Alice Guy Blache by Emmanuelle Gaume with Alexandra Lamy

Alice Guy Blache by Emmanuelle Gaume with Alexandra Lamy
Why a movie? Guy-Blaché is the definition of an industry pioneer, rising first through Gaumont Studios, then by becoming the founder and head of Solax Studios. By all accounts a cisgender woman, she nonetheless challenged masculine stereotypes, making big meaningful moves like casting women into then-typically male professions, like magicians or dog-trainers, and taking on the masculine roles herself, dressing as a man and stepping in front of the camera. Today, as we continue to mold our perspectives on how we conceptualize gender and sexuality in mainstream artr, Guy-Blaché’s story is both a feminist rendering of an inherently masculine system, and a subversion of how women were expected to perform both on- and off-screen

jeudi 2 janvier 2014

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Vinnie Burns as a Hindoo princess in "Woman of Mistery" Alice Blache Feature janvier 1914 "Be Natural" Alice Guy ©riginal Story by Al Slax,©2017https://www.facebook.com/alice.guyjr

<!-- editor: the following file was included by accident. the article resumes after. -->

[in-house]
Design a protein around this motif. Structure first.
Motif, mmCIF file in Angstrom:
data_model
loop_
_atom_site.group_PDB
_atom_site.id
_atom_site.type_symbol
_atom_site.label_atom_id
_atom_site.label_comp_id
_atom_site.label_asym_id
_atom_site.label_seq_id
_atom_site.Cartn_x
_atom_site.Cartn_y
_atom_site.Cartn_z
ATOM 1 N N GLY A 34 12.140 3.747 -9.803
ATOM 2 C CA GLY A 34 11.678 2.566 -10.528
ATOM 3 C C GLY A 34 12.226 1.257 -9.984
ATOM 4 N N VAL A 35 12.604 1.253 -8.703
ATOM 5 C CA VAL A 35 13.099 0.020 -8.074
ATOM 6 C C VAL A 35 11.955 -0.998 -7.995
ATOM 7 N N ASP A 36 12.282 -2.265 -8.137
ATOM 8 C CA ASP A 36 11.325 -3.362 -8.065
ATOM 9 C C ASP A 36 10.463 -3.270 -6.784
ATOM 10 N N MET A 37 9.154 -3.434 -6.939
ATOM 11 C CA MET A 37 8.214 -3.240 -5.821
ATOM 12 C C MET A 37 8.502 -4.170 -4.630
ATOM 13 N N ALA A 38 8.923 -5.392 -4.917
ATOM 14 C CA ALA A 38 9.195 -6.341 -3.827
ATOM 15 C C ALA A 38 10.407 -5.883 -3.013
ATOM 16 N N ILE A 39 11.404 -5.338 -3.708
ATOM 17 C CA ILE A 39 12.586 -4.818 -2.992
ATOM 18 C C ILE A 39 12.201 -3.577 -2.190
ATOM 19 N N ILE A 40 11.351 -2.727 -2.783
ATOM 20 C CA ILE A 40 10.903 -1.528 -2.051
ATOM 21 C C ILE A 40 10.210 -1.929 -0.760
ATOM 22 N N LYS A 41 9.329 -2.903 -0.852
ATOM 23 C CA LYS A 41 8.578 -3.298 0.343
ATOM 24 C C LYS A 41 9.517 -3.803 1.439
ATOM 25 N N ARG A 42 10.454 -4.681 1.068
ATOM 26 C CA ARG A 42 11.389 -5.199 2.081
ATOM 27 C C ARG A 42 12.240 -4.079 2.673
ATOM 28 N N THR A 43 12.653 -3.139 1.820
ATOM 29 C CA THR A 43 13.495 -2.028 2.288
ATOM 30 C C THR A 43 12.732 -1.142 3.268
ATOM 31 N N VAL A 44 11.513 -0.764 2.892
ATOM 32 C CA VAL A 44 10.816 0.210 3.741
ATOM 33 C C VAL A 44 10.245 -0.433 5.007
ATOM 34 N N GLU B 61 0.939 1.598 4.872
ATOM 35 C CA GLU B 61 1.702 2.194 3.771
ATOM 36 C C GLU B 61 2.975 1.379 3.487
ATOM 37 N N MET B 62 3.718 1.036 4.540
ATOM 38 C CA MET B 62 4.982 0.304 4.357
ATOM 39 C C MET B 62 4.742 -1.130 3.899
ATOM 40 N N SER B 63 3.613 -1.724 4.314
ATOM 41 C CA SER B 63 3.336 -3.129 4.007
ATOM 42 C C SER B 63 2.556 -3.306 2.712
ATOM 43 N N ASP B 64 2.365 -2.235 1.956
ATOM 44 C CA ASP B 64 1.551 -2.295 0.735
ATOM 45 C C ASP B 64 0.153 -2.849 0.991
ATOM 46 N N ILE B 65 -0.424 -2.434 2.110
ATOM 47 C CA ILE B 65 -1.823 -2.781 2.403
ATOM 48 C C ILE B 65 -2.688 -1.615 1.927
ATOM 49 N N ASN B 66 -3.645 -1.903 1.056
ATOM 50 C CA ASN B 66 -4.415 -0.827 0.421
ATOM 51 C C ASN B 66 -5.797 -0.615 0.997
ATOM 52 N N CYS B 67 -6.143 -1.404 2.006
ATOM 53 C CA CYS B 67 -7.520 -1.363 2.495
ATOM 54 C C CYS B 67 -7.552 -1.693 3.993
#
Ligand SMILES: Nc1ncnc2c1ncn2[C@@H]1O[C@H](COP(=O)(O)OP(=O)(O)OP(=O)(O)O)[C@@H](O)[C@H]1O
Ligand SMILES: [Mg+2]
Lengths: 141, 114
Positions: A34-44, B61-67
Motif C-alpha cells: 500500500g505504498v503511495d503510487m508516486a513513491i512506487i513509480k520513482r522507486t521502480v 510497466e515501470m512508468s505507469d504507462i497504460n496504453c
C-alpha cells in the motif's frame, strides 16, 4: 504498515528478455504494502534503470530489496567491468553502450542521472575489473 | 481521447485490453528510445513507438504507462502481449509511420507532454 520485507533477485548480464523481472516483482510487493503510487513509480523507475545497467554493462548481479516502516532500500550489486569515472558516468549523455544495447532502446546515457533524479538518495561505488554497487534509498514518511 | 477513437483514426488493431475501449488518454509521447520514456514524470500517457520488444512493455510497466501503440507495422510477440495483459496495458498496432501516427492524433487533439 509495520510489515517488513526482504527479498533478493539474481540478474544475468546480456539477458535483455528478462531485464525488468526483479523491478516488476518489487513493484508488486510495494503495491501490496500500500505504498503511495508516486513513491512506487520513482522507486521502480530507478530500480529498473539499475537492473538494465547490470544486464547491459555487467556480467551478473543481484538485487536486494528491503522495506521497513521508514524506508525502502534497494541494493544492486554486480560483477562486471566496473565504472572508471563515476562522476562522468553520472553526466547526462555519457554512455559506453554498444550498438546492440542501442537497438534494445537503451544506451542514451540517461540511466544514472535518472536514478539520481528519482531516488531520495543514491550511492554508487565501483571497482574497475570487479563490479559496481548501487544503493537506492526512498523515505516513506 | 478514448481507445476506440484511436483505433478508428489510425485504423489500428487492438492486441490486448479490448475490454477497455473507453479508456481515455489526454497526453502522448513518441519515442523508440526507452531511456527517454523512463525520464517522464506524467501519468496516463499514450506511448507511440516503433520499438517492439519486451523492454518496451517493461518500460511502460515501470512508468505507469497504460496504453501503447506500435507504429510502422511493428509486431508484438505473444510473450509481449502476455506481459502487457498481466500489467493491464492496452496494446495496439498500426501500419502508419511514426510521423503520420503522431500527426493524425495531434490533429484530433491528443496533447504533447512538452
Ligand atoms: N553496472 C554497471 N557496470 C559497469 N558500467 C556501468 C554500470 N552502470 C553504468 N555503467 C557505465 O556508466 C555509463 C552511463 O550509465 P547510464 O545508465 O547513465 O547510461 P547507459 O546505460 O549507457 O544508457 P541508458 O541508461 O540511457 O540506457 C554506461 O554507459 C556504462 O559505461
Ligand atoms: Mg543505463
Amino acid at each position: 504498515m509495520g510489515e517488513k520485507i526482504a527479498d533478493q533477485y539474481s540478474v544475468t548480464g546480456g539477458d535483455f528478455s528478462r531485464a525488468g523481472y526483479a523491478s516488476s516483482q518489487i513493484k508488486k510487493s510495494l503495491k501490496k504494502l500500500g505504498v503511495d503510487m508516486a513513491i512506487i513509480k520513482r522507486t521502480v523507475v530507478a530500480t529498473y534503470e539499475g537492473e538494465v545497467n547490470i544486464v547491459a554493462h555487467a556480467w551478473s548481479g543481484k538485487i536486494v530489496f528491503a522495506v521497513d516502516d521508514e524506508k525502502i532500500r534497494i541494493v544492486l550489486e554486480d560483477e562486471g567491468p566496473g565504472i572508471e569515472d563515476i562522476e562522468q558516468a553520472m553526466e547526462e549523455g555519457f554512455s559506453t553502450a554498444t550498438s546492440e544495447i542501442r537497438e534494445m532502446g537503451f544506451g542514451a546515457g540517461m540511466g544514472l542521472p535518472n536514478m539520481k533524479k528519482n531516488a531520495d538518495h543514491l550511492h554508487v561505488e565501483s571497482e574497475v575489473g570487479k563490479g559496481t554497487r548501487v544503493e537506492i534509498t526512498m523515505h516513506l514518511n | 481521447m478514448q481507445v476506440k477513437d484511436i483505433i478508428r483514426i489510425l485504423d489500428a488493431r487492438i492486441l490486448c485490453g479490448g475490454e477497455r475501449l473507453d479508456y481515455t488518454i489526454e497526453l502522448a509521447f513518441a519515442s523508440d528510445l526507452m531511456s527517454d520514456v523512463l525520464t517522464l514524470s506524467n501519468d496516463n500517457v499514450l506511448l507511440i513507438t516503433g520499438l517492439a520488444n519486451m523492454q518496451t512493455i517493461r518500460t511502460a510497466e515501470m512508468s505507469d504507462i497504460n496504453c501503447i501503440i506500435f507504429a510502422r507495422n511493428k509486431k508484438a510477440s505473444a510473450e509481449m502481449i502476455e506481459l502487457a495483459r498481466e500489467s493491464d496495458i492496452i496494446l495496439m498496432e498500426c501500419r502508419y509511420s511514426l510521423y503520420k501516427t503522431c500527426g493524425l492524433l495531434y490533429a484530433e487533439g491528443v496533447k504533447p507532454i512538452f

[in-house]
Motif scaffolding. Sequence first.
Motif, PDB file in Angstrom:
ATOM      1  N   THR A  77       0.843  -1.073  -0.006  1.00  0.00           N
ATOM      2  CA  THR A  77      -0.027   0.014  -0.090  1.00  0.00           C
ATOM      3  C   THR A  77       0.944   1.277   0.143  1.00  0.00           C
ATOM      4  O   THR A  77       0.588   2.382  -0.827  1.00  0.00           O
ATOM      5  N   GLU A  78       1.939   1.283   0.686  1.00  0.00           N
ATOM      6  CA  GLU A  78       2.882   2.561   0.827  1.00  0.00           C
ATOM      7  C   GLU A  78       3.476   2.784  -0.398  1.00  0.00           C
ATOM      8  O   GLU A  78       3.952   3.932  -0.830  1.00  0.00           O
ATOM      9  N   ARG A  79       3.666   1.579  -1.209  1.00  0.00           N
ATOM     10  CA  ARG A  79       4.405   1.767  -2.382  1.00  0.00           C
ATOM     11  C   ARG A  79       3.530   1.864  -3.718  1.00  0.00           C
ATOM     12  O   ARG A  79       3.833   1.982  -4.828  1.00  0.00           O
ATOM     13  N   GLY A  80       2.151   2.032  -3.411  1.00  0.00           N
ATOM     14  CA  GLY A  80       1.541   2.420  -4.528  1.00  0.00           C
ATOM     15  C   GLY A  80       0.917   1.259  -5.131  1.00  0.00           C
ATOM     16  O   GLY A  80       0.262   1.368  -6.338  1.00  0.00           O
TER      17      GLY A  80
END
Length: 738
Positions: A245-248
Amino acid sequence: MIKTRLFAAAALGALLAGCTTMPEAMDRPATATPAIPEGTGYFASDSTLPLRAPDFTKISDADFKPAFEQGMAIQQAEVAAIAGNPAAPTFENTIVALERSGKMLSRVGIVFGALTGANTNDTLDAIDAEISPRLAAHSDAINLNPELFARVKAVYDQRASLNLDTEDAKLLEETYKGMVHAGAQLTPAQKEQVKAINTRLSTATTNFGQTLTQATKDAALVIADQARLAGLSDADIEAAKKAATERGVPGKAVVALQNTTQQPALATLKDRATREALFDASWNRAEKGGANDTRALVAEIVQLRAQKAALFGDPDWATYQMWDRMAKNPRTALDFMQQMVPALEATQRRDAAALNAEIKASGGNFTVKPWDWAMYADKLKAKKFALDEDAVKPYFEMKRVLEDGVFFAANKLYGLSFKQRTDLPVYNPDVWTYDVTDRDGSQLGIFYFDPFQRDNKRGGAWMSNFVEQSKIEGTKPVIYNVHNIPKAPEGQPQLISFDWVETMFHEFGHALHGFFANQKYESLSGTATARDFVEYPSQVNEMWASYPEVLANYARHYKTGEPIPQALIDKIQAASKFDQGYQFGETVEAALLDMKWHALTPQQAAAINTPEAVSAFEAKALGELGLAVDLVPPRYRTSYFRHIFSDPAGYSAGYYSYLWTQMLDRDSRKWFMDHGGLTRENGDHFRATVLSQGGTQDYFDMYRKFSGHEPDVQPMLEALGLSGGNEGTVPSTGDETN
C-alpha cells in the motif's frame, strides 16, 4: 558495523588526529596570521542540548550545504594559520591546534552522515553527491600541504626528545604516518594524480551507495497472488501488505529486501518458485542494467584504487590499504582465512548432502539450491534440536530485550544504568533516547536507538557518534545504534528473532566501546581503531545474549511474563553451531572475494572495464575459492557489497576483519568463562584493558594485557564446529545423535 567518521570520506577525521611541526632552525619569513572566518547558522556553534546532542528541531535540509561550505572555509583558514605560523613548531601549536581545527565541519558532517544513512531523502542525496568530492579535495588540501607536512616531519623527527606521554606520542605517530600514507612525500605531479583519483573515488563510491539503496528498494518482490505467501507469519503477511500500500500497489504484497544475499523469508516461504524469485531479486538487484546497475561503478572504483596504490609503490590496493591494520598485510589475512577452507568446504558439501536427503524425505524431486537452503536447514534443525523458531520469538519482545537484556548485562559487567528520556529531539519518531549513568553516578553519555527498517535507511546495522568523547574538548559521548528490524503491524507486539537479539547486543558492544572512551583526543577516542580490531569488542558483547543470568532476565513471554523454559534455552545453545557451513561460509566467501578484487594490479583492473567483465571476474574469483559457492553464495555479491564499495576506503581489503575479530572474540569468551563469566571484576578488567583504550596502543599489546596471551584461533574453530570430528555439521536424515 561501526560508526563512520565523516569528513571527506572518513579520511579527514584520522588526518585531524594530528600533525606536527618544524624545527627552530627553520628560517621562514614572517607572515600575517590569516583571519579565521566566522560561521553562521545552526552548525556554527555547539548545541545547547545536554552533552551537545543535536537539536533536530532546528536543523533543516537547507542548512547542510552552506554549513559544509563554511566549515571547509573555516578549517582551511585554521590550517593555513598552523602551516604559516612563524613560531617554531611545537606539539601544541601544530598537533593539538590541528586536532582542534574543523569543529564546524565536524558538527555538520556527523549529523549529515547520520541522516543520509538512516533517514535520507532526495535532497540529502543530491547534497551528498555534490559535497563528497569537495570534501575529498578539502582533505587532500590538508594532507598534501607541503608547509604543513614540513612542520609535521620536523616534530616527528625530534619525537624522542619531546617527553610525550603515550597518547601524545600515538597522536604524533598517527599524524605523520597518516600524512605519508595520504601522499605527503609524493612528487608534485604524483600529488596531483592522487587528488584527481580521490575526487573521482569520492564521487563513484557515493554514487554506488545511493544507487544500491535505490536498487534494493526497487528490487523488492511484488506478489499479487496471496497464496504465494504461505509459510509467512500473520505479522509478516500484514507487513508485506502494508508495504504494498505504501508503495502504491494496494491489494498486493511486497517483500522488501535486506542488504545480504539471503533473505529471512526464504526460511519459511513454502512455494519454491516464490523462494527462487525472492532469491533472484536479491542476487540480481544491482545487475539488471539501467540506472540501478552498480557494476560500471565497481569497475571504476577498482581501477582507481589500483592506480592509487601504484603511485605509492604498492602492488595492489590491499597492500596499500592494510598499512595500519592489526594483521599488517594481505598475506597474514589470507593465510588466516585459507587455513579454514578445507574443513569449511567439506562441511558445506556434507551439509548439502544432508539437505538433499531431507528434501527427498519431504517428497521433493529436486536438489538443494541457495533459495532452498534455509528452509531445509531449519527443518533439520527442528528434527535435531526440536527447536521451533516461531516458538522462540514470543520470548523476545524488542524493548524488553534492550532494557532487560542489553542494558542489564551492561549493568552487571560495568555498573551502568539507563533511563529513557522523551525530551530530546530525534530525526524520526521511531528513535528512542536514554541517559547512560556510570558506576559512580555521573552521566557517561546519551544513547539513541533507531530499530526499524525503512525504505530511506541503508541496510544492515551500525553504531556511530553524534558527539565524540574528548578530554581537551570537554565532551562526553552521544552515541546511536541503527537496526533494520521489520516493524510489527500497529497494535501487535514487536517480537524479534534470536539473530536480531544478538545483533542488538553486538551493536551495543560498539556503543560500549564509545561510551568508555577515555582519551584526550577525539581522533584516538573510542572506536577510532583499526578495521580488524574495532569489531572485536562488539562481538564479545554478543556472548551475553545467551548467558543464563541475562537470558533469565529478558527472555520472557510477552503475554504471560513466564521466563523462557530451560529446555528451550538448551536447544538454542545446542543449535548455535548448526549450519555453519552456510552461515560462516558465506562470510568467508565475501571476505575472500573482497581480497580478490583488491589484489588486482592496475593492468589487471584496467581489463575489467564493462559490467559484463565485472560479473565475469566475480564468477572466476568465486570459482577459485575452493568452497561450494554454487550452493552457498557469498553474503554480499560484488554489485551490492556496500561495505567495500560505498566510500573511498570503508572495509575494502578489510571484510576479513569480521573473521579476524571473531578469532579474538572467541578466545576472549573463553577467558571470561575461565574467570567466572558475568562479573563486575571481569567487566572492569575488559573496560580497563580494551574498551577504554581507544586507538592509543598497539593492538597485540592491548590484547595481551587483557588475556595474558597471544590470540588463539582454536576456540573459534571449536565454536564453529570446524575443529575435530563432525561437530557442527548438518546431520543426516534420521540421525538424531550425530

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On July 31st, The Academy of Motion Picture Arts and Sciences announced casting directors will finally receive a branch. Hopefully in the near future, this important field–one dominated by women–will finally be recognized with an OscarAnother unsung hero in the history of Hollywood is director Alice Guy-Blache. Guy was a young woman when the early technical advancements to create moving pictures were being discovered. Although she made hundreds of films, first in Paris and then in America, most of her work was uncredited and therefore has been lost.  In France, Guy trained as a typist and was hired by Leon Gaumont to work for his photography company. While she worked there, men came to show Gaumont the new technology they were working on. Guy convinced her boss to allow her to film some scenes to test out the equipment and in so doing, directed her first film, called The Cabbage Fairy. Gaumont sold 80 copies of the film and appointed Guy head of all movie picture production at Gaumont Film Company, as long as it did not interfere with her secretarial duties.So early in cinema’s rise was Guy that no official trade or title of filmmaker existed yet. Film historians marvel at how much responsibility Gaumont allowed her as a woman, but many conclude it was because he did not yet realize the impact cinema would have in the following years or on culture as a whole.Guy’s 1906 The Life of Christ was an ambitious undertaking for those days. It ran 35 minutes and featured over twenty-five sets and three hundred extras. Film critics and historians praise her use of lighting and depth of field.In 1907, Guy married Herbert Blache, who also worked for Gaumont. Once they were married, Guy was no longer expected to work, but she joined her husband when Gaumont appointed Blache as a production manager for the company’s operations in the United States.Guy gave birth to her first daughter Simone in 1908, but marriage and motherhood couldn’t stop her from working. Two years later, Guy and her husband partnered to open their own studio called Solax. Guy continued directing, had a second child, and kept working. Guy knew audiences wanted more actions and stunts, so she started providing more of them in her films. In a documentary about Guy, The Lost Garden (1995), it is said that most movies at the time would film models for their explosions, but Guy insisted on blowing up a real full-scale boat. Olga Petrova, one of Guy’s frequent actors, said she never raised her voice to actors. In fact, Guy was an early believer in natural acting techniques. She even had a large sign in her offices at Solax: “Be natural”.In 1918, Guy’s husband left her. Two years later, she directed her last film. In 1922, Guy and Blache officially divorced and Guy was forced to auction off her film studio. She returned to France, where she wrote stories and articles for magazines, frequently under male pen names. Much later in her life, Guy returned to the United States to try and track down some of her films, but since most of her films in the U.S were released under the distribution company’s name, rather than her studio’s, they were nearly impossible to locate.

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